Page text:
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Re: Post Your Favorite Sci-Fi Concept Art

#214
Triggerhappy wrote:Are you considering that your sphere station will need engines, fuel tanks, reactors and laser turrets?
No, one dinky solar panel feeding a cap, like your thing.
Also, a second time, no engines :P
Triggerhappy wrote: Good point on the laser power consumption but kilojuels powering a laser is a lot more than what would be needed to slide rails against one another.
Nope, wrong actually :P

E=(mv^2)/2

Do your calc to accelerate a thousand tons of rock to any noticeable speed.

The laser needs lots less energy to divert a rock half a degree :P
Triggerhappy wrote: Much less maintenance than laser turrets and reactors, yes
Your giant rapid heavy load movement system needs less maintainance than turning a few tons of laser emitter? Howso :P

Nobody said reactors, feed a capacitor and pull from that the odd time you actually have to divert a rock.
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Re: Post Your Favorite Sci-Fi Concept Art

#215
Ill get back to you all with a 3 rail station

This laser will need to vaporise the whole asteroid unless it's actually powerful enough to move said multi-kilogram-probably asteroid in a short time? And that takes less power than shifting a station in on itself?

Comment - this was meant as a short response system, where the asteroid is detected only seconds out .

This can be cheated too - when slowing the rail movement after an evasion that energy can be converted back into electricity, saving some ( a lot? ) Of power.

Laser emitters need repairs and replacements, often after only a few shots. A rail system can be built to be far more durable over long uses.
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Re: Post Your Favorite Sci-Fi Concept Art

#216
Triggerhappy wrote:Ill get back to you all with a 3 rail station

This laser will need to vaporise the whole asteroid unless it's actually powerful enough to move said multi-kilogram-probably asteroid in a short time? And that takes less power than shifting a station in on itself?
Vaporise? Who said vaporise?
Vaporise a few kg of mass on the surface of the rock and give it an "engine" to push it off the collision course.
Triggerhappy wrote: Comment - this was meant as a short response system, where the asteroid is detected only seconds out .
So... lets assume your weird station.
100 meter arm length ~ 5 meter edge length. Filled with granite. Massing about 14000tons total (13.75e6kg).
You have 10 seconds to move the whole station about fifty meters, because thats the maximum you can shift the cross point without moving the center of mass of the whole construct (less if the crosspoint isnt massless which it cant be because you have the mechanics to throw around 14kilotons around in a few seconds there)
netting a needed top speed of 5m/s.

Which equals 171e6 J.
171MegaJoule.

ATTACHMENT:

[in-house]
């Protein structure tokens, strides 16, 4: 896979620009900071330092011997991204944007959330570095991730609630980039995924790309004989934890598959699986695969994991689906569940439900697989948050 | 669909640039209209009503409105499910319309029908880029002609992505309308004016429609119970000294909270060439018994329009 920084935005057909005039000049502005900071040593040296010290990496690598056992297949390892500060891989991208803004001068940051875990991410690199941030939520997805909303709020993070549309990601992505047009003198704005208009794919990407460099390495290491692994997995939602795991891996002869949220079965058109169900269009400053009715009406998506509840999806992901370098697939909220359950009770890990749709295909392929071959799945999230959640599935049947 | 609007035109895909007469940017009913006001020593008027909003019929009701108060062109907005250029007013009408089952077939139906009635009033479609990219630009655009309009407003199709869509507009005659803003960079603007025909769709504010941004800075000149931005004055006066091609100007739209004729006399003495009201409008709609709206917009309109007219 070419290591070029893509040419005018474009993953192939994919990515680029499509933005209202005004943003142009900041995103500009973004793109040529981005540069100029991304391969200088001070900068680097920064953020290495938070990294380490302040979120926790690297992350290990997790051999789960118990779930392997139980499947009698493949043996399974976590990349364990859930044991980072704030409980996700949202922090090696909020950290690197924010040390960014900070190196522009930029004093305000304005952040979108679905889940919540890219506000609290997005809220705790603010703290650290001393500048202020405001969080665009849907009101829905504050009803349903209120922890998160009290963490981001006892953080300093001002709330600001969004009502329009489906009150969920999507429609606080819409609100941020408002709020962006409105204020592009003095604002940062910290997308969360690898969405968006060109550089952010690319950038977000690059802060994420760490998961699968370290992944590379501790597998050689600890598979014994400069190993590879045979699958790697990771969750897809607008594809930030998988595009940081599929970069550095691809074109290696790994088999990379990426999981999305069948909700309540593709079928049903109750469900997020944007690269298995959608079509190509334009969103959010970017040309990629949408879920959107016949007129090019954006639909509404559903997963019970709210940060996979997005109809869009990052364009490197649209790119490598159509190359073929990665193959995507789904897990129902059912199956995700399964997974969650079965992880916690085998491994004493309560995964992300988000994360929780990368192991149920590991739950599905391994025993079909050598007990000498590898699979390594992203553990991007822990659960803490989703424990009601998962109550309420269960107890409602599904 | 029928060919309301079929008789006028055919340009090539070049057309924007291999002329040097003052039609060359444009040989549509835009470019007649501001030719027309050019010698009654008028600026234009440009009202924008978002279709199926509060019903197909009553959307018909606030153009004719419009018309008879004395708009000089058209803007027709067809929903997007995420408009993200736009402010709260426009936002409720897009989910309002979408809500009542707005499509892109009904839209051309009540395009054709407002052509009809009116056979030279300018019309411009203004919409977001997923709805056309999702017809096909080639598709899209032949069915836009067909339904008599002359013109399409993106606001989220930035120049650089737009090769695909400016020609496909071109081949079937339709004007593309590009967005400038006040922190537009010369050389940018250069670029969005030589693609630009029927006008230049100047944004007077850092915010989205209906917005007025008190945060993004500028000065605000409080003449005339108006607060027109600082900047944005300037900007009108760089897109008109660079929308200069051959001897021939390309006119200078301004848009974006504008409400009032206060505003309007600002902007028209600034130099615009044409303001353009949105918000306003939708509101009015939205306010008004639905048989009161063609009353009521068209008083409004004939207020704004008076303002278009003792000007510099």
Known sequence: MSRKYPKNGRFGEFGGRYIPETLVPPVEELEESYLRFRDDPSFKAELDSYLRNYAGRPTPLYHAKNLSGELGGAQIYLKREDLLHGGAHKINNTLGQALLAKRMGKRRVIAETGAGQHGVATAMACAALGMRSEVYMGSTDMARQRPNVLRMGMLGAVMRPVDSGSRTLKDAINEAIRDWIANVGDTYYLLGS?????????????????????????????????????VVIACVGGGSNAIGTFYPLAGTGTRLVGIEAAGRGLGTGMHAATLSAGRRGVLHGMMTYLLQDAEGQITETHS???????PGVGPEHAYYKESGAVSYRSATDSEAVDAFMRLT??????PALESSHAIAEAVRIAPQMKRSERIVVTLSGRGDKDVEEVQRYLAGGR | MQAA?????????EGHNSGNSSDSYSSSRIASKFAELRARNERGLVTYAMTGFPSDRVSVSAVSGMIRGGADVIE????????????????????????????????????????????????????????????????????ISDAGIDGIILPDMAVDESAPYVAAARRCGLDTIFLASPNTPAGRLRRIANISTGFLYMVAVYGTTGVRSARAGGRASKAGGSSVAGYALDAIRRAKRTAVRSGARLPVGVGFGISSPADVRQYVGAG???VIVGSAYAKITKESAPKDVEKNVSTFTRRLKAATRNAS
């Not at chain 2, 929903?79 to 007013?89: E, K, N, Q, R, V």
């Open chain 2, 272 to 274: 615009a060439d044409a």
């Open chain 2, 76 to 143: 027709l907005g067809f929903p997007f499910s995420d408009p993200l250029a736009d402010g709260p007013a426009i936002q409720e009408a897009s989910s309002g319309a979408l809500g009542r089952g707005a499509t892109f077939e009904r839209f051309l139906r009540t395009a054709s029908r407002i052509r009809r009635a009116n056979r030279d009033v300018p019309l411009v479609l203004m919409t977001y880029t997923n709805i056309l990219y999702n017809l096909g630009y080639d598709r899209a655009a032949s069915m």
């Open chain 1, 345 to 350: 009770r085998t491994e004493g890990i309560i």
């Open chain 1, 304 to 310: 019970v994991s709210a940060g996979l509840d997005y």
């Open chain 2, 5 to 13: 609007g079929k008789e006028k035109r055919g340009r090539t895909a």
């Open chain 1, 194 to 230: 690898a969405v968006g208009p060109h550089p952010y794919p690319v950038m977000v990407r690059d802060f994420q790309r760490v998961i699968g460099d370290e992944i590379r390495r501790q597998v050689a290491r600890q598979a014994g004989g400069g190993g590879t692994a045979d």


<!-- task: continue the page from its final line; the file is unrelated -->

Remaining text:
Or about 40kg of TNT to get out of the way in time.


(with the time you need to accelerate included you need a higher top speed, 10m/s (at 1/5th of a g) quadrupling the energy needed=160kg of TNT)

Plus losses and the center piece i neglected for simplicity.
So you are easily up to 60(240) kilogram of tnt you waste with every avoidance maneuver.

And those costs also go up with the square of the inverse of the time you take to avoid

You are better off just throwing the energy at the rock.
In either laser form (less efficient, but less maintainance) or in form of a hundred gram block of said granite in a mass driver.
Triggerhappy wrote: Laser emitters need repairs and replacements, often after only a few shots. A rail system can be built to be far more durable over long uses.
[citation needed]

My laser pointers last for decades.
Lab lasers also cant be used only once or twice, not even the many kilowatt ones.
As long as you cool them appropriately a laser has basically infinite lifetime.

I also personally have access to dirt cheap 40W continuous mode semiconductor laser modules now which have basically unlimited lifetime.
which can be pulsed to a kilowatt or so with enough cool off between usages.

And theres 10kw industrial cutting lasers to buy now.
(continuous mode with potential pulsing to much higher levels again.)
And those things definitely last longer than one or two uses :P
Extrapolate to a world where space is industrialised and you have an industrial need for a couple hundred kilowatt lasers.
Affordable industrial reliability level laser systems
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Re: Post Your Favorite Sci-Fi Concept Art

#217
There is sill the advantage that you are not ejecting mass.

Cost wise, I would still guess that a mechanical rail system constantly less than several laser emitters powerful enough to vaporize ANY amount of rock.

Maintenance wise, you need to keep several emitters fully functional, unmolten, undamaged. That's power lines and targeting systems for each one. And at that point you have an equivalent of an industrial battle platform.

Forwarding all this to the man who's idea this was. Will tell response when I get it.
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Re: Post Your Favorite Sci-Fi Concept Art

#218
Triggerhappy wrote: Cost wise, I would still guess that a mechanical rail system constantly less than several laser emitters powerful enough to vaporize ANY amount of rock.
a 150 megawatt continous power rail system plus all the structural features of the station to accelerate 14kt of rock with 2m/s² isnt cheap either :P

and vaporising rock at all isnt hard, that i can do with a thing i can buy off the shelf for a few ten thousand bucks :P
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Re: Post Your Favorite Sci-Fi Concept Art

#219
Oh God. What have I done! :lol:

Okay, cool down everyone.